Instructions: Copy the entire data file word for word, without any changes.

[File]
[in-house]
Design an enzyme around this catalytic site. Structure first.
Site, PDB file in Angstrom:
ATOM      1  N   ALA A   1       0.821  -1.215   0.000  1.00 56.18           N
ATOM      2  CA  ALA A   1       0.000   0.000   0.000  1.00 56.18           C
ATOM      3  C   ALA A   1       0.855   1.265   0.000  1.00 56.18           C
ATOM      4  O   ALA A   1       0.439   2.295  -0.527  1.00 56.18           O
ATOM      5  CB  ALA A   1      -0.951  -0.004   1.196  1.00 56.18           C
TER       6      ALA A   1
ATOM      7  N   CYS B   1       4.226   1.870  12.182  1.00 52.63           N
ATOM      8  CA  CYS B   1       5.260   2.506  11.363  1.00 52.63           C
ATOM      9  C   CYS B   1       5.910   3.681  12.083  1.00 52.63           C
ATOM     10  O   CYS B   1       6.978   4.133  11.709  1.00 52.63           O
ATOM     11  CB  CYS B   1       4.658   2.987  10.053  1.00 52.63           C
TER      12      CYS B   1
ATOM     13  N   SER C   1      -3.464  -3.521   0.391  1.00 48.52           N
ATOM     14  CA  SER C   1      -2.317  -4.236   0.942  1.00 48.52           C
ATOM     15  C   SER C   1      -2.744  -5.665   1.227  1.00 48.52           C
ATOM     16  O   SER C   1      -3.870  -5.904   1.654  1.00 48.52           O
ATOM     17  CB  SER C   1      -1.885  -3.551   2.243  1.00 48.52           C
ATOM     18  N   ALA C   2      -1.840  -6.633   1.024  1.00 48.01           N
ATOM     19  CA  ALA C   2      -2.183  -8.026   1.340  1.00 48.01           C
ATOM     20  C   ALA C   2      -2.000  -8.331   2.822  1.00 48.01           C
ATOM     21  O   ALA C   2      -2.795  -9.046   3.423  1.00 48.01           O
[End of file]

[in-house]
Design an enzyme around this catalytic site. Structure first.
Site, PDB file in Angstrom:
ATOM      1  N   ALA A   1       0.821  -1.215   0.000  1.00 56.18           N
ATOM      2  CA  ALA A   1       0.000   0.000   0.000  1.00 56.18           C
ATOM      3  C   ALA A   1       0.855   1.265   0.000  1.00 56.18           C
ATOM      4  O   ALA A   1       0.439   2.295  -0.527  1.00 56.18           O
ATOM      5  CB  ALA A   1      -0.951  -0.004   1.196  1.00 56.18           C
TER       6      ALA A   1
ATOM      7  N   CYS B   1       4.226   1.870  12.182  1.00 52.63           N
ATOM      8  CA  CYS B   1       5.260   2.506  11.363  1.00 52.63           C
ATOM      9  C   CYS B   1       5.910   3.681  12.083  1.00 52.63           C
ATOM     10  O   CYS B   1       6.978   4.133  11.709  1.00 52.63           O
ATOM     11  CB  CYS B   1       4.658   2.987  10.053  1.00 52.63           C
TER      12      CYS B   1
ATOM     13  N   SER C   1      -3.464  -3.521   0.391  1.00 48.52           N
ATOM     14  CA  SER C   1      -2.317  -4.236   0.942  1.00 48.52           C
ATOM     15  C   SER C   1      -2.744  -5.665   1.227  1.00 48.52           C
ATOM     16  O   SER C   1      -3.870  -5.904   1.654  1.00 48.52           O
ATOM     17  CB  SER C   1      -1.885  -3.551   2.243  1.00 48.52           C
ATOM     18  N   ALA C   2      -1.840  -6.633   1.024  1.00 48.01           N
ATOM     19  CA  ALA C   2      -2.183  -8.026   1.340  1.00 48.01           C
ATOM     20  C   ALA C   2      -2.000  -8.331   2.822  1.00 48.01           C
ATOM     21  O   ALA C   2      -2.795  -9.046   3.423  1.00 48.01           O